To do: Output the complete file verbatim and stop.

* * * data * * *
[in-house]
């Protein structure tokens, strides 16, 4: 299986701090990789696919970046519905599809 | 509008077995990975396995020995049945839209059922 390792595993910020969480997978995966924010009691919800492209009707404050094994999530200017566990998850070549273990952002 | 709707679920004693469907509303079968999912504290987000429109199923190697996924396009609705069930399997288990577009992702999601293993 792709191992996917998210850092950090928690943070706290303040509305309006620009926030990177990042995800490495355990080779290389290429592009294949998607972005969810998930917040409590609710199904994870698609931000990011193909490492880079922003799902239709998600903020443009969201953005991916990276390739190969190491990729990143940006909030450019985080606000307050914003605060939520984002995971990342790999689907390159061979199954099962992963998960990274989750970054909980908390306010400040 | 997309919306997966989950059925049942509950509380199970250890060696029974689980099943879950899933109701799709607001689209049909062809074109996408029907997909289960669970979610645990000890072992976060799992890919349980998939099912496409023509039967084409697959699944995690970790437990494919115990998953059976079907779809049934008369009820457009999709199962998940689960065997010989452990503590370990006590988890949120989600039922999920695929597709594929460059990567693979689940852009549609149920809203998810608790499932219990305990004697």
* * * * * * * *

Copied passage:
[in-house]
């Protein structure tokens, strides 16, 4: 299986701090990789696919970046519905599809 | 509008077995990975396995020995049945839209059922 390792595993910020969480997978995966924010009691919800492209009707404050094994999530200017566990998850070549273990952002 | 709707679920004693469907509303079968999912504290987000429109199923190697996924396009609705069930399997288990577009992702999601293993 792709191992996917998210850092950090928690943070706290303040509305309006620009926030990177990042995800490495355990080779290389290429592009294949998607972005969810998930917040409590609710199904994870698609931000990011193909490492880079922003799902239709998600903020443009969201953005991916990276390739190969190491990729990143940006909030450019985080606000307050914003605060939520984002995971990342790999689907390159061979199954099962992963998960990274989750970054909980908390306010400040 | 997309919306997966989950059925049942509950509380199970250890060696029974689980099943879950899933109701799709607001689209049909062809074109996408029907997909289960669970979610645990000890072992976060799992890919349980998939099912496409023509039967084409697959699944995690970790437990494919115990998953059976079907779809049934008369009820457009999709199962998940689960065997010989452990503590370990006590988890949120989600039922999920695929597709594929460059990567693979689940852009549609149920809203998810608790499932219990305990004697």